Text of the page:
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Dunc’d On: Union Request For Stars to Take Maximum is Puzzling

Contrary to what agents and the union say, when stars take less than the maximum salary it does not hurt the players.

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When LeBron James, Dwyane Wade, and Chris Bosh all opted out of the last two years of their $20 million plus per season contracts with the Miami HEAT, the catcalls started immediately.  The assumption was that the stars would all agree to take less than their maximum salaries to facilitate sorely needed additions to the HEAT roster, and many decried their desire to take less as somehow unfairly gaming the system.*

*If fans really want to be outraged over this, they should blame the owners who instituted the maximum salary back in 1999. If stars had to choose between $40 million a year and $15 million, “taking less” would become a lot more uncommon than it already is.

But the oddest angst of all has some from an unexpected quarter: the NBA Players’ Association and certain prominent agents.   According to a Sporting News report (which is worth reading in its entirety), the union believes it sets a bad precedent if the best player in the league does not take the most he can get.  This is ostensibly part of the reason James has “reversed course” and now is demanding a maximum salary.  The NBAPA is so concerned that it is apparently contemplating a union-wide memo to impart this idea.

The reasons cited by the NBAPA and agents quoted in the report do not really hold water though.  The newest Collective Bargaining Agreement guarantees the players between 49 and 51 percent of Basketball Related Income (BRI).*  The system ensures that each team must spend up to 90 percent of the $63.2 million salary cap, or pay a penalty to the players on the roster if it does not.

*The system by which this occurs is too complex to get into here, but is well-explained by our Larry Coon.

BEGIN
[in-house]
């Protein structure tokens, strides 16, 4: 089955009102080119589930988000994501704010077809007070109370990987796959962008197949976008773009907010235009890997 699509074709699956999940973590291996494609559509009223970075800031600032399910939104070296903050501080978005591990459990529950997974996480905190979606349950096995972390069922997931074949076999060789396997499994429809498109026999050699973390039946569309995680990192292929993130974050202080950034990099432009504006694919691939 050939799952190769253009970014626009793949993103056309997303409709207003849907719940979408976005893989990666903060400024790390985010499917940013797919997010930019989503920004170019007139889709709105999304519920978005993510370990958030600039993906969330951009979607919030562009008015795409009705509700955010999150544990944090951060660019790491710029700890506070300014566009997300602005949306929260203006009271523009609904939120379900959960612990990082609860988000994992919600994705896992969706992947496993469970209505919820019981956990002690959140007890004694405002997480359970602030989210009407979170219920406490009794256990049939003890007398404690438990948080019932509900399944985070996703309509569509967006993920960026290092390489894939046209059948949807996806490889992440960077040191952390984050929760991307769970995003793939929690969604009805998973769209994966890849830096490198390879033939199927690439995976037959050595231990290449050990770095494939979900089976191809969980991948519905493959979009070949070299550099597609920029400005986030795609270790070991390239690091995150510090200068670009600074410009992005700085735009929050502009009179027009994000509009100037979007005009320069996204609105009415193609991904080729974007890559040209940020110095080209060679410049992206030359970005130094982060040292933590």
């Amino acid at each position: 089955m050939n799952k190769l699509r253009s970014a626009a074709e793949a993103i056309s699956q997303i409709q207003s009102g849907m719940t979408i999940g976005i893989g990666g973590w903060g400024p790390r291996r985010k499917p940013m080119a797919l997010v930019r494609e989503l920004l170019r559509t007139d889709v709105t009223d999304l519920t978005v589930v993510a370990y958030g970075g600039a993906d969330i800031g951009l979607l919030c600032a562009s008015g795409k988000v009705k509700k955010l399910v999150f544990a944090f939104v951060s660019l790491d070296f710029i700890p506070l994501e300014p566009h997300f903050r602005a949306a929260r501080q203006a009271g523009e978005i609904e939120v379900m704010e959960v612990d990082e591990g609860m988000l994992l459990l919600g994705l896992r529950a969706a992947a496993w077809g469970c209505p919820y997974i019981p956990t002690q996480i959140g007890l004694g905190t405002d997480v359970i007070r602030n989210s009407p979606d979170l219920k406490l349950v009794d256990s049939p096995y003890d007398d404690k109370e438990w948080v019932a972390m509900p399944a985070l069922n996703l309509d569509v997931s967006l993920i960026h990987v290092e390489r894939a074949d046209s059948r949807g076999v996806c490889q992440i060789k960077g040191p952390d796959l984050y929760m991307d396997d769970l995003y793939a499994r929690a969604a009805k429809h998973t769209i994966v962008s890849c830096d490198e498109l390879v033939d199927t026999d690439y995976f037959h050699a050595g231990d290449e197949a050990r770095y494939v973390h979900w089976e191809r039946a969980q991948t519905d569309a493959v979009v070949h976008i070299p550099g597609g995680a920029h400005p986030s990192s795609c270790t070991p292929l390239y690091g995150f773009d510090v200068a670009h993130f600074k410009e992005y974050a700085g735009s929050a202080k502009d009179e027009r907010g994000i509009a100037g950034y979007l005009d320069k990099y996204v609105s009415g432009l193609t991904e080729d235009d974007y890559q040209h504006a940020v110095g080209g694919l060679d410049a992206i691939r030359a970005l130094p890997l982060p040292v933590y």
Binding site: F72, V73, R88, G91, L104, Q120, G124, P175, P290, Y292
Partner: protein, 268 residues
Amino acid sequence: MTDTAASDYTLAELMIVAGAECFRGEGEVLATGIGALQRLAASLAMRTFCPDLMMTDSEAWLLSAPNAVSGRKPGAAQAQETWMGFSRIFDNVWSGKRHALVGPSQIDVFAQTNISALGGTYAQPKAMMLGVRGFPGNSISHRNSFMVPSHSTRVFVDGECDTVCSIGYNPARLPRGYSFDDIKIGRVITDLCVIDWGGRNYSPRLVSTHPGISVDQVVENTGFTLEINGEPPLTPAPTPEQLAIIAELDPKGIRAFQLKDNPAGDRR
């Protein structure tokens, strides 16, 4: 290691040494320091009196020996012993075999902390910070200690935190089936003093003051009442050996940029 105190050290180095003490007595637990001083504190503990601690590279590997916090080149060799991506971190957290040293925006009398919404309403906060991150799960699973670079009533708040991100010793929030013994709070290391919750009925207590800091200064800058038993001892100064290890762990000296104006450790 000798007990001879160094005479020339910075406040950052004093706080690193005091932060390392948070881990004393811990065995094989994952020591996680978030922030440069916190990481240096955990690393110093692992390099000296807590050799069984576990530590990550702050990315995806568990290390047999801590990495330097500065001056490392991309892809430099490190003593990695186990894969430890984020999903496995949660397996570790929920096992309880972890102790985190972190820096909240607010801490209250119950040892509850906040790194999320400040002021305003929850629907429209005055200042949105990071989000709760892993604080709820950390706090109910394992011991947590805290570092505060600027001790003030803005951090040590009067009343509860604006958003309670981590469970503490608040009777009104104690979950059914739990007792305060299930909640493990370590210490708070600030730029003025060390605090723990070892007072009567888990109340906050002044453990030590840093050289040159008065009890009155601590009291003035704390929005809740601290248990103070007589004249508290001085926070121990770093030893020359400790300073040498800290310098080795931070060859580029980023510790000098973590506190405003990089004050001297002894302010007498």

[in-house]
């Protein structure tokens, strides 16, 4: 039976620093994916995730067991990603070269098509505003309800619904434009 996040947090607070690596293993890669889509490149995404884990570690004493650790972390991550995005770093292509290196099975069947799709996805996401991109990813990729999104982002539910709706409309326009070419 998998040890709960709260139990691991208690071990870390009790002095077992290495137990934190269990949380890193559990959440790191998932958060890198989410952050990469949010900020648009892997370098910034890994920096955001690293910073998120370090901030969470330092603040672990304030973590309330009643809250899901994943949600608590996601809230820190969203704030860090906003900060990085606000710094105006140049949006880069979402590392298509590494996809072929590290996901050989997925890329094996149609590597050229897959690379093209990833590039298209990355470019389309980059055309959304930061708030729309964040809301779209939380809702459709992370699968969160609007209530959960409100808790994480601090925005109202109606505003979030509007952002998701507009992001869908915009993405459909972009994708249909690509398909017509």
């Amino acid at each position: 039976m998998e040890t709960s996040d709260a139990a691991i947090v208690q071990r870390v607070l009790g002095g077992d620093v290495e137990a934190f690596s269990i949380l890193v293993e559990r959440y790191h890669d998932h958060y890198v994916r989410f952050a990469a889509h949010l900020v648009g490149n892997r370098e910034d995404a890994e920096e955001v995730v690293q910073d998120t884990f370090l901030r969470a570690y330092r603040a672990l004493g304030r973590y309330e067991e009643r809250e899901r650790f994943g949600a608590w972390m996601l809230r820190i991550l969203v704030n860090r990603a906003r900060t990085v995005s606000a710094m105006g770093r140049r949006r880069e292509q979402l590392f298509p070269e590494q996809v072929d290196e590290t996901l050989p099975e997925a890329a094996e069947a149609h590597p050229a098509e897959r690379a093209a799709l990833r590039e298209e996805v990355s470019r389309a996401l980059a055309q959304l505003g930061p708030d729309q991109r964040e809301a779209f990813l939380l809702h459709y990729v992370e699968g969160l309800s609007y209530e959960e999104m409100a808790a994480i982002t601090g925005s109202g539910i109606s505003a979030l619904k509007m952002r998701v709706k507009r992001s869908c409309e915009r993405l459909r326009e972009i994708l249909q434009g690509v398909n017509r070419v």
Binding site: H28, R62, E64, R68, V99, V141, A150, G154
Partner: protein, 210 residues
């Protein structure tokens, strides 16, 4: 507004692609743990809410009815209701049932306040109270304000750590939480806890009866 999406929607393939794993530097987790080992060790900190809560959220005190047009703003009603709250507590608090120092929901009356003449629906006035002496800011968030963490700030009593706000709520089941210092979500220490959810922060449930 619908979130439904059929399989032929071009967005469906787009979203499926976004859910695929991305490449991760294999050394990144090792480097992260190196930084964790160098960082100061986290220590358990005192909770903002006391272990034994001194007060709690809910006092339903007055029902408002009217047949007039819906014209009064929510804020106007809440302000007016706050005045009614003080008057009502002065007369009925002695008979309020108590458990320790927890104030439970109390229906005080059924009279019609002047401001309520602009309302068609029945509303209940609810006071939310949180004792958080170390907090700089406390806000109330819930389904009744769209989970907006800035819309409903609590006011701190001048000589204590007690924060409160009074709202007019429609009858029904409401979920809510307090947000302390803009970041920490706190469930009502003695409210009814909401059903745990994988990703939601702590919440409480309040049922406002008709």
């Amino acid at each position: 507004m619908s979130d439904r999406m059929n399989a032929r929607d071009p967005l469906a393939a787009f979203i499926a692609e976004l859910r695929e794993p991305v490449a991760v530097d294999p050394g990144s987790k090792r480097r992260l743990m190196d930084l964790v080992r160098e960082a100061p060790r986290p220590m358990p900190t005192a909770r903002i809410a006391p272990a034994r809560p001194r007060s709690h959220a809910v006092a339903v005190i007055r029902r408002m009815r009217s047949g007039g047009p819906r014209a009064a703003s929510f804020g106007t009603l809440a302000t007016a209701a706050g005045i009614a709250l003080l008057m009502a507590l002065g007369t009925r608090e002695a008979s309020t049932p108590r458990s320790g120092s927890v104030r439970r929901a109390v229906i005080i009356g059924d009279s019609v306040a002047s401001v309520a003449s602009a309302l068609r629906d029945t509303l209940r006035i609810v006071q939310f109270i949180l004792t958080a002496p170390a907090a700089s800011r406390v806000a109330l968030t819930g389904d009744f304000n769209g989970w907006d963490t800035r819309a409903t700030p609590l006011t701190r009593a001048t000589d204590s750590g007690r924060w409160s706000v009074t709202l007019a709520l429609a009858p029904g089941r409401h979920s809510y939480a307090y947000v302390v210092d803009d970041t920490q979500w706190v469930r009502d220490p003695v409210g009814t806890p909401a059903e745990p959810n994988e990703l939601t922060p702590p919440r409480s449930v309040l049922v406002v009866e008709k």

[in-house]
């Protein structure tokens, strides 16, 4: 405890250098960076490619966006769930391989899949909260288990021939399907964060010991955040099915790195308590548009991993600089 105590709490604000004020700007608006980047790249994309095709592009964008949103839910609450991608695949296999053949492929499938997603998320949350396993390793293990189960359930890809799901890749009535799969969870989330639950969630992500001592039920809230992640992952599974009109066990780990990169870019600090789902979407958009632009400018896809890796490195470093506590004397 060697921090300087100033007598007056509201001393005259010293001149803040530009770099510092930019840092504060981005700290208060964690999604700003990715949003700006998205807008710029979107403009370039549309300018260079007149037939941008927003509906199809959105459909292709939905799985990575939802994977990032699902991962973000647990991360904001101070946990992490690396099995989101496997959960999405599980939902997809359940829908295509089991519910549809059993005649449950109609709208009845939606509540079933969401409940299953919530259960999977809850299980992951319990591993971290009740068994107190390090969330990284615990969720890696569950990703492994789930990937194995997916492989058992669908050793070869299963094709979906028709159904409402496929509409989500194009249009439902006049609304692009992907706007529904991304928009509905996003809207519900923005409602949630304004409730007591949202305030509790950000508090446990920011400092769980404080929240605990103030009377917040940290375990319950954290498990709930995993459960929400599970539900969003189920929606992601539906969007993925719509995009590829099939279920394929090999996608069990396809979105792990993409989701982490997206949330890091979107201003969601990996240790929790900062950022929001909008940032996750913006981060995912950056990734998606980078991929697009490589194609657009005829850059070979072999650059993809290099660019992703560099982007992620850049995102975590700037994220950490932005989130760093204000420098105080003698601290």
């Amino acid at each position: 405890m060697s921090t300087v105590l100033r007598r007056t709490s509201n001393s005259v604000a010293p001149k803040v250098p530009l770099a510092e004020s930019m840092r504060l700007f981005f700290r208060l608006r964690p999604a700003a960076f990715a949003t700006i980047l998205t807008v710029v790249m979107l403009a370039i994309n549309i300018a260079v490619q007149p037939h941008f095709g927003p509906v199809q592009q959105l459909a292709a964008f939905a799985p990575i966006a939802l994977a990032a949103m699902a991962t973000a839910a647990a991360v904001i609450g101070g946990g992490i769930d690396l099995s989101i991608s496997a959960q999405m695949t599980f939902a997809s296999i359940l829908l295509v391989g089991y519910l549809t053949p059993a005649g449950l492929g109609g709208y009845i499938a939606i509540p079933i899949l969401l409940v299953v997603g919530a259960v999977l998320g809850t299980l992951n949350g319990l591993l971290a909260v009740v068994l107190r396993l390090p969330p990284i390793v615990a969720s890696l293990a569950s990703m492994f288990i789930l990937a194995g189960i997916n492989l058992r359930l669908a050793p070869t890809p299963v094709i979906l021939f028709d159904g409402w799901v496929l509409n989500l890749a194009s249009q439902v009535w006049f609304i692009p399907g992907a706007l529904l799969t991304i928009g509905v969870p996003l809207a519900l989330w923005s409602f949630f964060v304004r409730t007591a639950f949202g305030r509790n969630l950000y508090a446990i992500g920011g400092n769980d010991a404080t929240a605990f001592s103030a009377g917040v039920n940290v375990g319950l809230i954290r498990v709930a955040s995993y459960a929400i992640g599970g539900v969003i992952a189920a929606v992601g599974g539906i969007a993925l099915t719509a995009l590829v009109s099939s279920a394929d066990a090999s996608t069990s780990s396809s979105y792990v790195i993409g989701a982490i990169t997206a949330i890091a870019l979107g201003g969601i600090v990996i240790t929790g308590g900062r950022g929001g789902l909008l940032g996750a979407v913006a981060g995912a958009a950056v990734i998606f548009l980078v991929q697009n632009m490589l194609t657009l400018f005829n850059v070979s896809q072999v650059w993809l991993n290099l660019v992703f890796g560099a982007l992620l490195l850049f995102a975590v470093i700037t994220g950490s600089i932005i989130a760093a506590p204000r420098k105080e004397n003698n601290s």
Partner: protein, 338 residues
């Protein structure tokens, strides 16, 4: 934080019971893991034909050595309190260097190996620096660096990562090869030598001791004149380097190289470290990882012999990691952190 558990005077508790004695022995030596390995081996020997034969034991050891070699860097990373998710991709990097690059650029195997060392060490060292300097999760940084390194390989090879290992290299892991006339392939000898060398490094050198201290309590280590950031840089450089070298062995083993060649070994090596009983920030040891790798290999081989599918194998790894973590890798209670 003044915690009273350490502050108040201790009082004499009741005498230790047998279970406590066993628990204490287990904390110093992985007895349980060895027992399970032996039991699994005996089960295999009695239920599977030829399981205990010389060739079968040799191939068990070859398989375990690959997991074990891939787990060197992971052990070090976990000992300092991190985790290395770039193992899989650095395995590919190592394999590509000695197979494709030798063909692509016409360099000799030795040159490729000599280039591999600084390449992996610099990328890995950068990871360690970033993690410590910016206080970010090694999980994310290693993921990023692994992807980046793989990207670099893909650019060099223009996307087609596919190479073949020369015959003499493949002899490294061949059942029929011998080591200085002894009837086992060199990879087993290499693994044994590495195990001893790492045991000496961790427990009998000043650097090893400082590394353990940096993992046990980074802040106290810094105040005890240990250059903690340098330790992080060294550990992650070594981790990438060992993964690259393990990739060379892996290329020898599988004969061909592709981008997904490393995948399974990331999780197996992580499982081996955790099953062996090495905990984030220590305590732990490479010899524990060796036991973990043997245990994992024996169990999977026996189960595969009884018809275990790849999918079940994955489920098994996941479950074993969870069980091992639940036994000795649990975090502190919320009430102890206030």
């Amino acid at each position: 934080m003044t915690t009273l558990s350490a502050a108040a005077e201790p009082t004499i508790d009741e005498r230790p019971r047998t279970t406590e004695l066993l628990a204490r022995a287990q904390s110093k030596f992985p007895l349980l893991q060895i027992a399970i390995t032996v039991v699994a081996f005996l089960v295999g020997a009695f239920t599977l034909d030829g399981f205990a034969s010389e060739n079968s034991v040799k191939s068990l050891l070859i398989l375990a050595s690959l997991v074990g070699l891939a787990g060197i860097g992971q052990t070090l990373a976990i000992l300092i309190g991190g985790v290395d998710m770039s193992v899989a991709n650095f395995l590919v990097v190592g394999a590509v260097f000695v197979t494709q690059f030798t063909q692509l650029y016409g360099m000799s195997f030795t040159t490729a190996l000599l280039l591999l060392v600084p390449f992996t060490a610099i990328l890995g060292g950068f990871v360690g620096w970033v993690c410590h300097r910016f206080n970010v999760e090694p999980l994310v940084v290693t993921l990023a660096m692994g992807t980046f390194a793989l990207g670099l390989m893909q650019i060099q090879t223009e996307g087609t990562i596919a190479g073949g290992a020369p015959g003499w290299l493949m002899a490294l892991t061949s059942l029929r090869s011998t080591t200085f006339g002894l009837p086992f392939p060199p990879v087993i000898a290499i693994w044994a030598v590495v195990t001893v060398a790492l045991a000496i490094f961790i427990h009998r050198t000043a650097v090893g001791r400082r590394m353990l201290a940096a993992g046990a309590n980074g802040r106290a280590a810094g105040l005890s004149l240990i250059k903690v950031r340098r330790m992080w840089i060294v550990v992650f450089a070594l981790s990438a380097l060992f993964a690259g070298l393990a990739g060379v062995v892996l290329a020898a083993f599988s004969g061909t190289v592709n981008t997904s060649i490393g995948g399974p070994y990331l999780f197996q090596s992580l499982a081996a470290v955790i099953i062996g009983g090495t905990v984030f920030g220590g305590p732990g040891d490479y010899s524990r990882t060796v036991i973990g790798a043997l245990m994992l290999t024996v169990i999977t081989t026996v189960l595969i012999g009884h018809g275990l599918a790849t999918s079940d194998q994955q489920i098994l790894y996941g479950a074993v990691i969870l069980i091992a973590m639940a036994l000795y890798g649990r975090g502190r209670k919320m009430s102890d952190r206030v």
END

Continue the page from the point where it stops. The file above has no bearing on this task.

In the grand scheme of things, it matters little that certain players may take less, as that slack will be taken up by the salaries that must be given to other players to reach the minimum salary. In practice, almost all teams spend up to the cap, and many spend well over it.   Indeed, the union’s reported insistence that more money go to the highest earners actually flies in the face of  one of the established tenets of happiness research, namely that the marginal utility of a dollar decreases as earnings increase. I.e., two players making $10 million a year creates more overall happiness than one making $20 million and another making the minimum.

Some of the upset communicated in the article was over the fact that players should not have to sacrifice further to appease owners who already won the last CBA negotiation which installed the current punitive luxury tax.  But the money foregone by stars taking less generally does not go to the owners, but to other players. In the case of the HEAT, if James, Wade, and Bosh all made the maximum it would leave Miami very few avenues under the CBA to add additional salary and improve the team.  Players and fans can demand that an owner “go into the luxury tax,” but that kind of spending will not necessarily facilitate massive team improvements.*

*Tax avoidance is, however, a legitimate criticism at the margins, where the HEAT cut costs in 2013-14 by amnestying Mike Miller, trading Joel Anthony, and refusing to add a player with the Tax-Payer Mid-Level Exception. But that is not really related to the idea of James taking less when the team is under the cap-if the HEAT sign anyone using cap space they are likely limited to spending up to the cap plus the $2.7 million Room Exception regardless of how much or little the Big Three take.

If the union is really concerned about maximizing player payments, what it should be doing instead is encouraging stars to re-sign with their original teams who are over the cap using Bird rights, especially with so many teams having cap space around the league. Carmelo Anthony provides a great example.  If he signs elsewhere, the Knicks will still be far enough over the cap that they could only spend their cap exceptions totaling about $7 million rather than the $22 million or so it would take to re-sign Anthony.  But if he stays, that $22 million gets spent on him and the $22 million it would have taken him to sign elsewhere also gets spent on someone else.  By re-signing in New York, Anthony would cause an additional $15 million or so to get spent on players.  Those sorts of transactions would help push the players closer to 51 percent of BRI than 49 percent, but even that is a relatively small change.

Thus, this kerfuffle by the union appears misguided. When stars do not take the absolute maximum, the balance generally goes into the pockets of other players, a circumstance which creates more overall happiness among its members.

Nate Duncan is an NBA analyst, salary cap expert and attorney. He has also written for Sports Illustrated & ESPN, and a host on #NBACast

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